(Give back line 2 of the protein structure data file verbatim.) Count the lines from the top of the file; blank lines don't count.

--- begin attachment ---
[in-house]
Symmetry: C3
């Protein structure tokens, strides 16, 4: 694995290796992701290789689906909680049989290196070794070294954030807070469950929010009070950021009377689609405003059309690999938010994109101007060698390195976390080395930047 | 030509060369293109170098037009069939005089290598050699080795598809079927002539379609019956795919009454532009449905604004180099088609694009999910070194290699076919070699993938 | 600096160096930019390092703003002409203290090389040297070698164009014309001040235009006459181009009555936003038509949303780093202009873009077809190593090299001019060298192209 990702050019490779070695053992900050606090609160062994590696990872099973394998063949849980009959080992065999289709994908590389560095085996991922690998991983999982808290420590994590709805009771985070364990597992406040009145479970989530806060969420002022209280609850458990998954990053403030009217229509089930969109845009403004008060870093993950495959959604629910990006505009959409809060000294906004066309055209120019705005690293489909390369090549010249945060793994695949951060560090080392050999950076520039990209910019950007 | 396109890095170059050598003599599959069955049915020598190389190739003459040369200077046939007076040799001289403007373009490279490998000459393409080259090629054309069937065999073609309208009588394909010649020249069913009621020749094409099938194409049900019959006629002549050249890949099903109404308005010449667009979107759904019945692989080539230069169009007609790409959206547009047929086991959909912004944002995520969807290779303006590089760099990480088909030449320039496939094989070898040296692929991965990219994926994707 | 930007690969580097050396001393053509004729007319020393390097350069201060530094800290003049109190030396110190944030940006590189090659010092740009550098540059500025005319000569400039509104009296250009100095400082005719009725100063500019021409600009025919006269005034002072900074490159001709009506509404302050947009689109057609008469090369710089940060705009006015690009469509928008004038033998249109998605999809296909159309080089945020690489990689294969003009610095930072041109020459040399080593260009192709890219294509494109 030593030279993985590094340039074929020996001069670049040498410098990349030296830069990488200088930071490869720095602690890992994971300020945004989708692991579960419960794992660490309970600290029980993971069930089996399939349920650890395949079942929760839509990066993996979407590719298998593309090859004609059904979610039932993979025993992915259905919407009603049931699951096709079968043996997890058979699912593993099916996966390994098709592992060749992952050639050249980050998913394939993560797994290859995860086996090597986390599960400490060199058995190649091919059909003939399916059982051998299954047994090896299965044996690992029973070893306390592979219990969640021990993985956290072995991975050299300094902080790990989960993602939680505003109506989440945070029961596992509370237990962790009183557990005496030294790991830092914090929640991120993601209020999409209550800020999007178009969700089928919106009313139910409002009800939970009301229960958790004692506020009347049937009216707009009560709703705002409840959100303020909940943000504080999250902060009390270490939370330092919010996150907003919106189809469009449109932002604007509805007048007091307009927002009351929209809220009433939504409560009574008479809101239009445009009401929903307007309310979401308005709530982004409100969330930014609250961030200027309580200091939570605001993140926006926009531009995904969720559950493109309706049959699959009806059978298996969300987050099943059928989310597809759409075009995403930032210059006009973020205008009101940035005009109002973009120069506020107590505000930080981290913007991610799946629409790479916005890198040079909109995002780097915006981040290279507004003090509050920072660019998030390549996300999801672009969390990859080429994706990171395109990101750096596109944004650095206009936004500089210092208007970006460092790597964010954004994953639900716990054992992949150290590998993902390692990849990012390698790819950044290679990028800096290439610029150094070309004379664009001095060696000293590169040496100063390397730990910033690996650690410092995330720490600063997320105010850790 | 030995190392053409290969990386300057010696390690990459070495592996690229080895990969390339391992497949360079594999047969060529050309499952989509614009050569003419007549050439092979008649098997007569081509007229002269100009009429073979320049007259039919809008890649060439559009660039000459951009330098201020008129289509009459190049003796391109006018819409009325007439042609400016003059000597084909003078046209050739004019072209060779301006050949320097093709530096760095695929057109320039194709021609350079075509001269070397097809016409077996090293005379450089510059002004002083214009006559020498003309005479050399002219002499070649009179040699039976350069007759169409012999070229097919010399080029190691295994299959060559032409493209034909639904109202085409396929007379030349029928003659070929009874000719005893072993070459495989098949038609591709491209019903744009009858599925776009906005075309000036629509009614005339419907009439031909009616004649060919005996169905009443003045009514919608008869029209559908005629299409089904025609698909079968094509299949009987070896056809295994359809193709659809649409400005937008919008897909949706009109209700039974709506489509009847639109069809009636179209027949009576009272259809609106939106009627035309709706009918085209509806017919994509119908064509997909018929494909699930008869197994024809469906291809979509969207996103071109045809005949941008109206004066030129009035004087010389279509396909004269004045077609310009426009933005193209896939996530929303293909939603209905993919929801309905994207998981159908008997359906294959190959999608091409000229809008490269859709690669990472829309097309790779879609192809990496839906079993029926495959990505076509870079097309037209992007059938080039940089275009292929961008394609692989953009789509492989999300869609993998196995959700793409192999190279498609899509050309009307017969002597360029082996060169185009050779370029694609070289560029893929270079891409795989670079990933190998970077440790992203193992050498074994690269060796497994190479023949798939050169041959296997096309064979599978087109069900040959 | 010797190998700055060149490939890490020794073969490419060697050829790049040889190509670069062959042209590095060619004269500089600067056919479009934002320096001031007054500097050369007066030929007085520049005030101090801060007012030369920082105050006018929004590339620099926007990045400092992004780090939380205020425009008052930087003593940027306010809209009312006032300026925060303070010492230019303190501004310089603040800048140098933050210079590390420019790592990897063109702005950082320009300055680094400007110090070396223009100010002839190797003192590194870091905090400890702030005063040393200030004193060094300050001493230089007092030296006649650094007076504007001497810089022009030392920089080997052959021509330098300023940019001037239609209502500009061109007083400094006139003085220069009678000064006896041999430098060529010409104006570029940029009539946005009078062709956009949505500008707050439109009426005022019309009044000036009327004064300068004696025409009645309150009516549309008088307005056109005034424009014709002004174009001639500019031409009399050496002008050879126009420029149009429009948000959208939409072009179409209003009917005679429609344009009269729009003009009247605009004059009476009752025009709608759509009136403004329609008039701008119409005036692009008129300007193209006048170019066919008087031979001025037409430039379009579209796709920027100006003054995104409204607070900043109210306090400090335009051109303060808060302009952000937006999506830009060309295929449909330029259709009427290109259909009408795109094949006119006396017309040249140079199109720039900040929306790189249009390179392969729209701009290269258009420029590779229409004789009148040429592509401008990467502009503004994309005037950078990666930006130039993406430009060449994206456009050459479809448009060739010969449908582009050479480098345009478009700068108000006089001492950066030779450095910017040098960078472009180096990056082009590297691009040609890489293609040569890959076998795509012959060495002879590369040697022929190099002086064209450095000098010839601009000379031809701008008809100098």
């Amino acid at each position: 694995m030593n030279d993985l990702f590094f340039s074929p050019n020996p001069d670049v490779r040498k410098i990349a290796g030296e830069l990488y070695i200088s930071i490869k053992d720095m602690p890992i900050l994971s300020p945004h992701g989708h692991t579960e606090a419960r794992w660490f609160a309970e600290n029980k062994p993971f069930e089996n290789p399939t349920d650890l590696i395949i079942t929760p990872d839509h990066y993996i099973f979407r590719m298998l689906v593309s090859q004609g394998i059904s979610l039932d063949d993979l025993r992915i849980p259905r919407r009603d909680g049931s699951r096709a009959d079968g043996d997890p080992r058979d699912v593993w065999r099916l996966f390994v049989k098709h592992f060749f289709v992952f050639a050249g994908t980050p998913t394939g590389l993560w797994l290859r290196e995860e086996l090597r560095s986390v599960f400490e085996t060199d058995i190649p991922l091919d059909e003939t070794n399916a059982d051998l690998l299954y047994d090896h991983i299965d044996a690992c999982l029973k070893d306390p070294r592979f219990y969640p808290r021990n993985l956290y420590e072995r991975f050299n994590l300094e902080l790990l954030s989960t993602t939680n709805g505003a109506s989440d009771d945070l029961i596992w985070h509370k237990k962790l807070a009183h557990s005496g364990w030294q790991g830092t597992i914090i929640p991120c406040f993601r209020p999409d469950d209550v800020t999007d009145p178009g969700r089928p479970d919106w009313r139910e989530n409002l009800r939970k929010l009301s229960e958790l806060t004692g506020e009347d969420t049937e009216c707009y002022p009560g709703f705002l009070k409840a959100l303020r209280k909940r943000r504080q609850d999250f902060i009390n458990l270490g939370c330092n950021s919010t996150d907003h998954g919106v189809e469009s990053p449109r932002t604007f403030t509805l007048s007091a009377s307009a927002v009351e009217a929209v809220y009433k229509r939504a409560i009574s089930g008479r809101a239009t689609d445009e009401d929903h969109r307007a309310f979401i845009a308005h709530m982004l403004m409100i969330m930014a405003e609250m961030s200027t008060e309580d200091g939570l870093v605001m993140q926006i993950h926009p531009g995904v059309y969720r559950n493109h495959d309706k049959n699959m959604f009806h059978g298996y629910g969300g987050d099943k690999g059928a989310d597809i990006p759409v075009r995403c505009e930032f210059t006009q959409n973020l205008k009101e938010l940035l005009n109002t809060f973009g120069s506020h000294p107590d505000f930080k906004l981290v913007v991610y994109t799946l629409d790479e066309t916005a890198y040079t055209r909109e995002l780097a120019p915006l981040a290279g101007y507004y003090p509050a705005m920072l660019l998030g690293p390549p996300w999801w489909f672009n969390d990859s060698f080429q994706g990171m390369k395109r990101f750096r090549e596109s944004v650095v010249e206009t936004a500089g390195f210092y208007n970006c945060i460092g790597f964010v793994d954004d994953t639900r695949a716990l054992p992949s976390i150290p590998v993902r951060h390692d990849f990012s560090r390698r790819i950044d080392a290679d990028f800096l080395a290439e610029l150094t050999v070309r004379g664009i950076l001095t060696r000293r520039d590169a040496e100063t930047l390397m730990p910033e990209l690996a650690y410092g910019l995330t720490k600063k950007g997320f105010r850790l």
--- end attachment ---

Symmetry: C3